Last weekend, an earthquake off the shore of Japan brought an unpleasant reminder of the 2011 Fukushima nuclear disaster almost 10 years ago. Energy utilities have been trying to recover ever since.
Japan once sourced nearly a third of its electrical power from nuclear. That ended after the 2011 earthquake and tidal wave destroyed reactors at the Fukushima Daiichi Nuclear Power Plant, run by Tokyo Electric Power (Tepco). These are still releasing radioactive water. A safe shut down is decades away.
That has changed the industry. Safety requirements have been tightened. Less than a fifth of the country’s reactors are in operation.
Recently, public hostility to nuclear energy was beginning to soften. Electricity prices hit record highs as a result of freezing weather. Peak demand exceeded expected supply by 90 per cent last month. The government took a more lenient stance on restarting reactors. Kansai Electric Power fired up a reactor at its Ohi nuclear plant.
Shares in utilities reflect hopes the worst is over. Tepco has jumped 47 per cent from a December low. Regional utilities Kansai Electric Power and Tohoku Electric Power rose over a tenth. A rally in the benchmark Nikkei index which closed at over 30-year high on Monday, helped fuel the increases.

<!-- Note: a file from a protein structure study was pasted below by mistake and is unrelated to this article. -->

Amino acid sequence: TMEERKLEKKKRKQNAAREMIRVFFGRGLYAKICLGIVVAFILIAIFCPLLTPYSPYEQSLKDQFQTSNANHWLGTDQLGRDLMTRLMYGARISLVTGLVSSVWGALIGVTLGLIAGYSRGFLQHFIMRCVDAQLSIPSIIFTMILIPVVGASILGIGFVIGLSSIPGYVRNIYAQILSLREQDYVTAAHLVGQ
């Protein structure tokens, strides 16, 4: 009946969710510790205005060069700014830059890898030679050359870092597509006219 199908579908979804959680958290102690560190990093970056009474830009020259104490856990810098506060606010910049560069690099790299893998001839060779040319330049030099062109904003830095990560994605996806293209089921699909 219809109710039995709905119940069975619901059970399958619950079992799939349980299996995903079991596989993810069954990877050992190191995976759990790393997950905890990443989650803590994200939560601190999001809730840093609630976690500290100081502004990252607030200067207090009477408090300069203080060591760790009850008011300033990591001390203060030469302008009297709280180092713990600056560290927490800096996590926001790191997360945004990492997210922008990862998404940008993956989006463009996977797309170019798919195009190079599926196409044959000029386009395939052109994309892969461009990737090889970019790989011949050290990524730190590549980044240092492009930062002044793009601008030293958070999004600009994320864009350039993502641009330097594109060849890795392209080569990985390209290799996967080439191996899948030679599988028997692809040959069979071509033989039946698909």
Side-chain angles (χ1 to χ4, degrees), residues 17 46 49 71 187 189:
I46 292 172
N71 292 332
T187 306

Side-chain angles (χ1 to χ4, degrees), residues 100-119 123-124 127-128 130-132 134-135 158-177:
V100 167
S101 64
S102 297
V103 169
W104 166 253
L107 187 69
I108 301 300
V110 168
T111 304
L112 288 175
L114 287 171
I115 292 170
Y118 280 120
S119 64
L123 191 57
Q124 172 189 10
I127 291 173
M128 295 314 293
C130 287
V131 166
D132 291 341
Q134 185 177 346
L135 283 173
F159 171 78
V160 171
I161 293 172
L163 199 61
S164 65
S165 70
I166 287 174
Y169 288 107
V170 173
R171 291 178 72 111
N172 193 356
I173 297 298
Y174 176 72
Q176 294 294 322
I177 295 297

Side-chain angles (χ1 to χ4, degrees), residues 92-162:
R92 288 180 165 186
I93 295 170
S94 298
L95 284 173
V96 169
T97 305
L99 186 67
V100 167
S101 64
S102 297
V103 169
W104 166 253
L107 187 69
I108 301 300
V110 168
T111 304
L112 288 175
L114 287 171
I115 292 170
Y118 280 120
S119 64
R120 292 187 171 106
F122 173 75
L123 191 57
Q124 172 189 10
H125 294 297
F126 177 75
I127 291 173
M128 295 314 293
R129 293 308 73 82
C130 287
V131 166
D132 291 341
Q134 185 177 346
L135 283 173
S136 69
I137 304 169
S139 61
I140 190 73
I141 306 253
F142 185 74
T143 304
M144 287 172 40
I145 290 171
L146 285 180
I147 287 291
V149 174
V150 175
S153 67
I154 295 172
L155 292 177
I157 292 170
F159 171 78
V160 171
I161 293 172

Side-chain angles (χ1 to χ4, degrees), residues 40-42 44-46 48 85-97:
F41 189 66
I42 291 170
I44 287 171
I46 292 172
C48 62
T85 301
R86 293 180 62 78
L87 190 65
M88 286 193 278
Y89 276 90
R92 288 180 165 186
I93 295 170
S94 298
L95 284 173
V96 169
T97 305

Yet the costs of generating nuclear power remain steep. Nearly half of Japan’s reactors are scheduled to be decommissioned.
Meanwhile, debt is rising. At Tepco, it has surged to 8.3 times ebitda from 5.7 times two year ago. That means shutting down is not an easy option either. Decommissioning a sister plant to Fukushima Daiichi, Fukushima Daini, is for example expected to cost more than $2.5bn.
Nuclear will play a part in the world’s transition away from hydrocarbons. But this will be easier in countries where seismic activity is low. Japan accounts for around a fifth of the world’s earthquakes of magnitude 6 and above.
Most Japanese energy utilities with nuclear operations trade at a steep price-earnings discount to the Nikkei 225. That gap will persist.
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